3G spectrum: Telecom panel ignores Trai, sets high base price3 min read . Updated: 20 Jan 2015, 12:29 AM IST
The move is being seen as a way to raise additional revenue to meet the government's budget deficit target
New Delhi: The Telecom Commission, the nation’s top telecom policy decision-making body, has set ₹ 3,705 crore as the minimum price for a megahertz (MHz) of 3G spectrum for the proposed February auction, rejecting the recommendations of the telecom regulator to keep it lower as the government seeks to raise additional revenue to meet its budget deficit target.
The telecom panel’s base price is 36% more than the ₹ 2,720 crore suggested by the Telecom Regulatory Authority of India (Trai) last month and reiterated last week. The telecom ministry will likely seek cabinet approval for the 3G spectrum base price on Tuesday.
A successful spectrum auction, from which the government had initially estimated to raise ₹ 64,840 crore, is critical for finance minister Arun Jaitley as he seeks to meet the target of narrowing the fiscal deficit to a seven-year low. The government’s revenue estimate figure from the spectrum auction, however, does not include the sale of 3G airwaves. The ₹ 18,500 crore additional revenue that the government expects to raise by selling 3G spectrum will come as a windfall as Jaitley prepares to present the budget for the next fiscal year amid a shortfall in tax collections and revenue generated from stake sales in state-run companies.
The government seems to have made revenue maximization a priority, a move that may hurt the telecom industry, said Hemant Joshi, a partner at Deloitte Haskins and Sells. “The government should take a strategic view of the sector and look upon telecom as an infrastructure industry and GDP (gross domestic product) growth enabler."
The government will auction a total of 5MHz of 3G spectrum along with spectrum in the 800MHz, 900MHz and 1800MHz bands in the auction slated to begin on 25 February, the Telecom Commission has decided.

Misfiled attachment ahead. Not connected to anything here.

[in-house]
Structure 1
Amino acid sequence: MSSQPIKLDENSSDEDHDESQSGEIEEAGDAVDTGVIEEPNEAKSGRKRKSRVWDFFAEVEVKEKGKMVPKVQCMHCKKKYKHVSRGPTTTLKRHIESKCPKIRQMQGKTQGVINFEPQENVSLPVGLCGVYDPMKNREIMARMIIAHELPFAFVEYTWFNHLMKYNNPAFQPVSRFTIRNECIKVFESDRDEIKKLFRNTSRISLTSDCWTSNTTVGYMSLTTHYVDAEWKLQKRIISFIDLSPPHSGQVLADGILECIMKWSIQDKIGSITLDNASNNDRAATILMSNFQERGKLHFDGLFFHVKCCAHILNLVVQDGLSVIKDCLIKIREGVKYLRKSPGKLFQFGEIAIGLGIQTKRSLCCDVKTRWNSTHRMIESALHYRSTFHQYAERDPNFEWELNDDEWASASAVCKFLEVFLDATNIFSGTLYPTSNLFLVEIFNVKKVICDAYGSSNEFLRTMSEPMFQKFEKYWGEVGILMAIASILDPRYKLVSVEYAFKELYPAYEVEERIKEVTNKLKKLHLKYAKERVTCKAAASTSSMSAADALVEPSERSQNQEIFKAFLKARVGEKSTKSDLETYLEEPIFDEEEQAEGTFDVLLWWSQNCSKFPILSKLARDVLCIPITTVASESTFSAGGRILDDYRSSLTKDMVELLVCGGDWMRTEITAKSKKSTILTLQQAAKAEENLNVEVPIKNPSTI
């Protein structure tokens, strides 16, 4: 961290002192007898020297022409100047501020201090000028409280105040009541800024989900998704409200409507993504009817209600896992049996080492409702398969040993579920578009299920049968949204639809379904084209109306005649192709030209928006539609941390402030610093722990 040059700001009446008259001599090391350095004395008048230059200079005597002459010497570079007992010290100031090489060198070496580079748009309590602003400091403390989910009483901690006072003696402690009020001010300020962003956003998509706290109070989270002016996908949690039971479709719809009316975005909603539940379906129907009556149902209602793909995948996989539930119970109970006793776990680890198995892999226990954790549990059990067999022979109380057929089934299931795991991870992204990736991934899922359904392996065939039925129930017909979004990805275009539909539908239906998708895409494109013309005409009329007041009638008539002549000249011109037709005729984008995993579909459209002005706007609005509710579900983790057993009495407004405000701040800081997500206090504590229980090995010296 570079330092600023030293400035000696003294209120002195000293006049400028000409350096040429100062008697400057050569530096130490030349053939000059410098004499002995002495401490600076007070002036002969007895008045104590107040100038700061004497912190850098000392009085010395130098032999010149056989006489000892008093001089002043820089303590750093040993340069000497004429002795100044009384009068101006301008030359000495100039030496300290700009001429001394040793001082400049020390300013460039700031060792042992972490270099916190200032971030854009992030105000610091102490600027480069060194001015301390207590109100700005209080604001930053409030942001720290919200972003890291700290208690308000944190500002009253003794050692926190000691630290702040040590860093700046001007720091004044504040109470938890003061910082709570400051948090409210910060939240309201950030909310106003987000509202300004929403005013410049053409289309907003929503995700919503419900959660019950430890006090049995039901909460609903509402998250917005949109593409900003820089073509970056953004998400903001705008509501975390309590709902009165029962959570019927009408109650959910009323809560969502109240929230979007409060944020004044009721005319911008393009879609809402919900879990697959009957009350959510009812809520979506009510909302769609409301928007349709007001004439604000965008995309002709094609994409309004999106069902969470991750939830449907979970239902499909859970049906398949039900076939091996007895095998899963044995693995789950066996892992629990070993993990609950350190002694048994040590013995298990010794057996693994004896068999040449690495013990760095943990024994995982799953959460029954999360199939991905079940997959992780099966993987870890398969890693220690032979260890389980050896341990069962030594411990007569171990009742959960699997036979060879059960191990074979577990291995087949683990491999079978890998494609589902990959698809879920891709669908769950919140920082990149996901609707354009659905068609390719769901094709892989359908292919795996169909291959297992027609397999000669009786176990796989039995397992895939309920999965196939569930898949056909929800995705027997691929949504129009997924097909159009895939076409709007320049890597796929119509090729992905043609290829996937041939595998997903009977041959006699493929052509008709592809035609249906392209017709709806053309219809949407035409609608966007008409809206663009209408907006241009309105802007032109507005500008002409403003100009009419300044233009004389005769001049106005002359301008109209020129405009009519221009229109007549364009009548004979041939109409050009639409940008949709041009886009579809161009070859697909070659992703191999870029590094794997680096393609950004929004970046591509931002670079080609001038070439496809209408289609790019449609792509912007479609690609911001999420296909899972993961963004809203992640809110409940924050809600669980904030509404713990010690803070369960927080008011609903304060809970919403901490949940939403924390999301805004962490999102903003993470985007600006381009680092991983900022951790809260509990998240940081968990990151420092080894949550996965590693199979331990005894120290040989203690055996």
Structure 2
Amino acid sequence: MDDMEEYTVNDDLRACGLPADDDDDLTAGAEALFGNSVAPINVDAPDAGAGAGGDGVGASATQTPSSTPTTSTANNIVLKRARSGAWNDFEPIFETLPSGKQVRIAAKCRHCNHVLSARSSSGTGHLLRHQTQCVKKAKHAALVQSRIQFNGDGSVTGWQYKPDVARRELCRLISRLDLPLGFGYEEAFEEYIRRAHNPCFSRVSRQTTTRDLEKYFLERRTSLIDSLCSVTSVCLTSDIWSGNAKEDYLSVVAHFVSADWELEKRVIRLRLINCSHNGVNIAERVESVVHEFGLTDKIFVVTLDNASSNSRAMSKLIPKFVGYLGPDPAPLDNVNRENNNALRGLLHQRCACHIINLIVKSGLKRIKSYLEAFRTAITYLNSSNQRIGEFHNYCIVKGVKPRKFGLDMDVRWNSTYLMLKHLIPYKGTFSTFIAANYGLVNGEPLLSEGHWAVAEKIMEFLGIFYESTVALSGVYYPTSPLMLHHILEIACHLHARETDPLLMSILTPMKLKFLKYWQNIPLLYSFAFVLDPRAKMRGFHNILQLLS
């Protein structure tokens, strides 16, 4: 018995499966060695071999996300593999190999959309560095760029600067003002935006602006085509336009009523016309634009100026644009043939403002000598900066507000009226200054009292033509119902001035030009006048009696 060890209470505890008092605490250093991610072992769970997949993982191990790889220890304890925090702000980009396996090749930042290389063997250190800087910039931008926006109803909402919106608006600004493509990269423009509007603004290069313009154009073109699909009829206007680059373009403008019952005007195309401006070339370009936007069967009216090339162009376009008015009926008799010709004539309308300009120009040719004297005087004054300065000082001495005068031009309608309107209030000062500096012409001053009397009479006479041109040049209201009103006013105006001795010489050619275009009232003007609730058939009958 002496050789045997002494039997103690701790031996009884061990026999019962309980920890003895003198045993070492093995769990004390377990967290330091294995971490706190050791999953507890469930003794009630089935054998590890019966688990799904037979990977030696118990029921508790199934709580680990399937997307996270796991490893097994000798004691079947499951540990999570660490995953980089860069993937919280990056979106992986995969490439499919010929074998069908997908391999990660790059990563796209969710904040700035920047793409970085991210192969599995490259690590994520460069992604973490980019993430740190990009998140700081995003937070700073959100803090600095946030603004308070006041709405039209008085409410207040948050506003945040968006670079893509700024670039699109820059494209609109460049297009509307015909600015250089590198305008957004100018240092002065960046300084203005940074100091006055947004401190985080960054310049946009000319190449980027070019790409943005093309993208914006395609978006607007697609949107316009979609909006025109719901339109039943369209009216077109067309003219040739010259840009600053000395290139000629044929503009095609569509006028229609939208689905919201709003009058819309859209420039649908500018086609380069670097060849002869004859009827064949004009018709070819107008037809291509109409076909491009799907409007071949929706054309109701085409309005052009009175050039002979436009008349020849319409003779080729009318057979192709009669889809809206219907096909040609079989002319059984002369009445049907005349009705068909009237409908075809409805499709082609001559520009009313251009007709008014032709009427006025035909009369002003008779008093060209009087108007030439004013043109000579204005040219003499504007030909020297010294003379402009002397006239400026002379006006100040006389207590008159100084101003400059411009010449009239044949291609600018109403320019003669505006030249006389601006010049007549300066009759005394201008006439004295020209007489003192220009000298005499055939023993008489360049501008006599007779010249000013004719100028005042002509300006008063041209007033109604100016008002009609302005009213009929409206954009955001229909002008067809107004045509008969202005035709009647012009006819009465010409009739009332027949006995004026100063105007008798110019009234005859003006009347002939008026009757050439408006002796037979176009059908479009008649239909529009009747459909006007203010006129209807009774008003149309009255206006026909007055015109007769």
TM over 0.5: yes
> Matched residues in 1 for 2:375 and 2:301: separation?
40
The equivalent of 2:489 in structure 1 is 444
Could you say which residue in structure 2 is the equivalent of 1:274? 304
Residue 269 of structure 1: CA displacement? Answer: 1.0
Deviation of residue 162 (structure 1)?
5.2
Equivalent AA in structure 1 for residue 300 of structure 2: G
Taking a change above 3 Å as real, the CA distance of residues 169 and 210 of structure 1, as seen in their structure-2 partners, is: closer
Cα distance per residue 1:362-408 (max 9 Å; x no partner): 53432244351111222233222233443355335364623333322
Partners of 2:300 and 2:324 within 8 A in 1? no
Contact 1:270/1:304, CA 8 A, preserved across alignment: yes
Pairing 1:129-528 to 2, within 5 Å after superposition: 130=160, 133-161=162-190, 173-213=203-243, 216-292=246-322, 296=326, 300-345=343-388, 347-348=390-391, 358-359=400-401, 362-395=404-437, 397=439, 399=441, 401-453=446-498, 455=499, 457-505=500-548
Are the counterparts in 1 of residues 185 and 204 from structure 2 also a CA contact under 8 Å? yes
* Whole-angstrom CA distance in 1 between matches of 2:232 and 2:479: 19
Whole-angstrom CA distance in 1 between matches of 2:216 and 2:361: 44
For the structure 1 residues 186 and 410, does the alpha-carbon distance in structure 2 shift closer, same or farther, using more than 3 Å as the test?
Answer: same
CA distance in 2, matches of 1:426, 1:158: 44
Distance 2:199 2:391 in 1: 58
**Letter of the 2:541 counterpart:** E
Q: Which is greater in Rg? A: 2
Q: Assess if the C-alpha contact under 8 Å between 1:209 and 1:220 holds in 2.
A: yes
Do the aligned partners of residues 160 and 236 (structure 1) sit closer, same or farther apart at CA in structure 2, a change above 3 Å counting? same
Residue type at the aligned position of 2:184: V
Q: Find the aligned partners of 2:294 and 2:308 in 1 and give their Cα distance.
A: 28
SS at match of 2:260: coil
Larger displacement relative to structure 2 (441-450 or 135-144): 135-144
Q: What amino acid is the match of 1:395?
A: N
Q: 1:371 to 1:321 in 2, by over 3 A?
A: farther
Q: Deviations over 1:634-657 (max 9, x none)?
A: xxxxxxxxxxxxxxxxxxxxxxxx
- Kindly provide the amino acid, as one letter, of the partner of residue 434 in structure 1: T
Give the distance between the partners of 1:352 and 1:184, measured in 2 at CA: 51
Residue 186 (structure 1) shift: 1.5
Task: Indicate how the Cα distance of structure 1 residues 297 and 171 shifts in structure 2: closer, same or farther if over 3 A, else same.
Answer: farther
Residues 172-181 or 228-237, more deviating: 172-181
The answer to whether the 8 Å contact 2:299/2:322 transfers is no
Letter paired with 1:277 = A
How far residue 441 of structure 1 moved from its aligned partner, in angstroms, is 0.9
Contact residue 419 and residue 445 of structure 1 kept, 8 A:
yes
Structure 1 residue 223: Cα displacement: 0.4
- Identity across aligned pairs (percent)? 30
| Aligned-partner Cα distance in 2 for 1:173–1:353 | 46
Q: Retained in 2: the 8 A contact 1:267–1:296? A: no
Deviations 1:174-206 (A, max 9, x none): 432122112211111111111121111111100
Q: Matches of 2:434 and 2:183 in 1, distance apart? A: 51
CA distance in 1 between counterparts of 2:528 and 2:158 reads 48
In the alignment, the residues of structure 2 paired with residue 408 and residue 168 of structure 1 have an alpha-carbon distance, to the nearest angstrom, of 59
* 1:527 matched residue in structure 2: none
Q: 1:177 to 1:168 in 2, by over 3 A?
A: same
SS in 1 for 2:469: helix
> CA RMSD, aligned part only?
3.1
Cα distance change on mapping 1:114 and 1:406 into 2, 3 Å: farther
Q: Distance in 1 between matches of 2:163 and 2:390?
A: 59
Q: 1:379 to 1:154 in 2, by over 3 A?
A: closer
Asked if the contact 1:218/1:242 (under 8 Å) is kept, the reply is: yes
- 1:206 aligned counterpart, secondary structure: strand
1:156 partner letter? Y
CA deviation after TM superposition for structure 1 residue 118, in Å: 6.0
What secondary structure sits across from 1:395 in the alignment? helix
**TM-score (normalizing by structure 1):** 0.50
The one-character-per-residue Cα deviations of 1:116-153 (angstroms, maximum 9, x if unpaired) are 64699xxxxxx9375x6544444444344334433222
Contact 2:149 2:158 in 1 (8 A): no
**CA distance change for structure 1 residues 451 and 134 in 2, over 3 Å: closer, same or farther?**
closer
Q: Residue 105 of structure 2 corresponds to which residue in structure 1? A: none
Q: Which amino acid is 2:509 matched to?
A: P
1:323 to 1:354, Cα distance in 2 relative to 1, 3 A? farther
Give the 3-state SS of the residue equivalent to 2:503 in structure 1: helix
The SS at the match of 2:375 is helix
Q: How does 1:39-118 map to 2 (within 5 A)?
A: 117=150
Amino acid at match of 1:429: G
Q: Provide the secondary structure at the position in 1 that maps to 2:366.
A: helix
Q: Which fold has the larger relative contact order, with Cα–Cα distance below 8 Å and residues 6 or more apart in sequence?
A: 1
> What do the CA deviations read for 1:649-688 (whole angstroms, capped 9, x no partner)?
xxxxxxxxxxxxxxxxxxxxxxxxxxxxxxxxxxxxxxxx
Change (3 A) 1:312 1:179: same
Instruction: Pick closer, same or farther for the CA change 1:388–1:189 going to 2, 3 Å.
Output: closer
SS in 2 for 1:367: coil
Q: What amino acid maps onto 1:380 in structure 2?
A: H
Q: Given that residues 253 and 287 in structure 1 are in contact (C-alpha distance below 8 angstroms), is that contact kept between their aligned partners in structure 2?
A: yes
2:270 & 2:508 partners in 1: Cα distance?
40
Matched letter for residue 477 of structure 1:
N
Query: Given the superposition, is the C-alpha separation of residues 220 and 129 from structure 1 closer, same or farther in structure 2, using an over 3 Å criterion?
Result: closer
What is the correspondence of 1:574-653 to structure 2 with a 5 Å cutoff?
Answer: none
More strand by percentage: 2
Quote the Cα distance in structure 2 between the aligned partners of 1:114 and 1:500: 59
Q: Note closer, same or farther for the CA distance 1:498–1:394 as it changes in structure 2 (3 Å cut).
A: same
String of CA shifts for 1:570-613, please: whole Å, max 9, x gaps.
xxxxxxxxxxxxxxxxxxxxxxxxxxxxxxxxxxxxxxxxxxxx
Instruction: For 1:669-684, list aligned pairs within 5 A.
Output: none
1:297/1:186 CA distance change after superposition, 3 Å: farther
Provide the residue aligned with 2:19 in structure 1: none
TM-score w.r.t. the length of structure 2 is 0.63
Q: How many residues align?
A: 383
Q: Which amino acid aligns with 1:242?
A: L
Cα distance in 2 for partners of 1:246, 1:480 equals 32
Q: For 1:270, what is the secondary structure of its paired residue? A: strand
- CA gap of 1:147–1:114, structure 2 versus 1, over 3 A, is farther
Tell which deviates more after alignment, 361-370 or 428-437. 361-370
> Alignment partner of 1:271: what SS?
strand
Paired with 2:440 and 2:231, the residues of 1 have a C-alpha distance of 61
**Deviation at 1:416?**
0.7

The auction is expected to get the government more than ₹ 80,000 crore if all spectrum is sold, including the 5MHz of 3G spectrum. Of the total 20MHz of 3G spectrum to be vacated by the defence forces, only 5MHz will be freed next month. It is unclear when the remaining 15MHz of 3G spectrum will be vacated by the defence ministry, a senior department of telecommunications official said.
The price fixed by the Telecom Commission for the 3G spectrum is also around ₹ 300 crore more than the price per MHz discovered in the 2010 auction where four slots of 5MHz each were auctioned.
On 5 January, the cabinet cleared the auction for spectrum in the 800MHz, 900MHz and 1800MHz bands. The telecom ministry subsequently published a notice inviting applications, the legally binding document detailing all the rules and regulations governing the auction, on 9 January.
The minimum price for the bands being auctioned are: ₹ 3,646 crore per MHz for 800MHz across India; ₹ 3,980 crore for 900 MHz band (excluding Delhi, Mumbai, Kolkata, and Jammu & Kashmir); ₹ 2,191 crore for 1800 MHz band (excluding Maharashtra and West Bengal).
Most of the spectrum in these bands is already being used by telcos and is coming up for renewal in November next year. This has led many of the operators to complain that if they don’t win back the spectrum they are using, they may have to shut operations in some circles, despite the huge investments in networks they have made.
This will be the fifth spectrum auction to be held by the government; it has garnered more than ₹ 1.8 trillion in bids from the earlier four.
Successful bidders will have the option of paying in tranches with 25-33% as the first payment, on being declared winners after which they can pay in 10 equated yearly instalments after a two-year-moratorium.
The final decision of the government regarding the auction price has disappointed analysts.
“These auctions are the first major regulatory action taken up by the new government. Trai’s industry-friendly proposals (to release more spectrum so that bidding is not irrational) had got many investors excited about a possibly favourable regulatory regime under the new government. However, the final decisions by the government (releasing less spectrum and expecting higher price) seem to project a purely commercial objective as the seller of the asset—and in this way no different from the policies of the previous government in its closing years," Sunil Tirumalai and Chunky Shah, analysts with Mumbai-based Credit Suisse Securities Research and Analytics wrote in a note last week.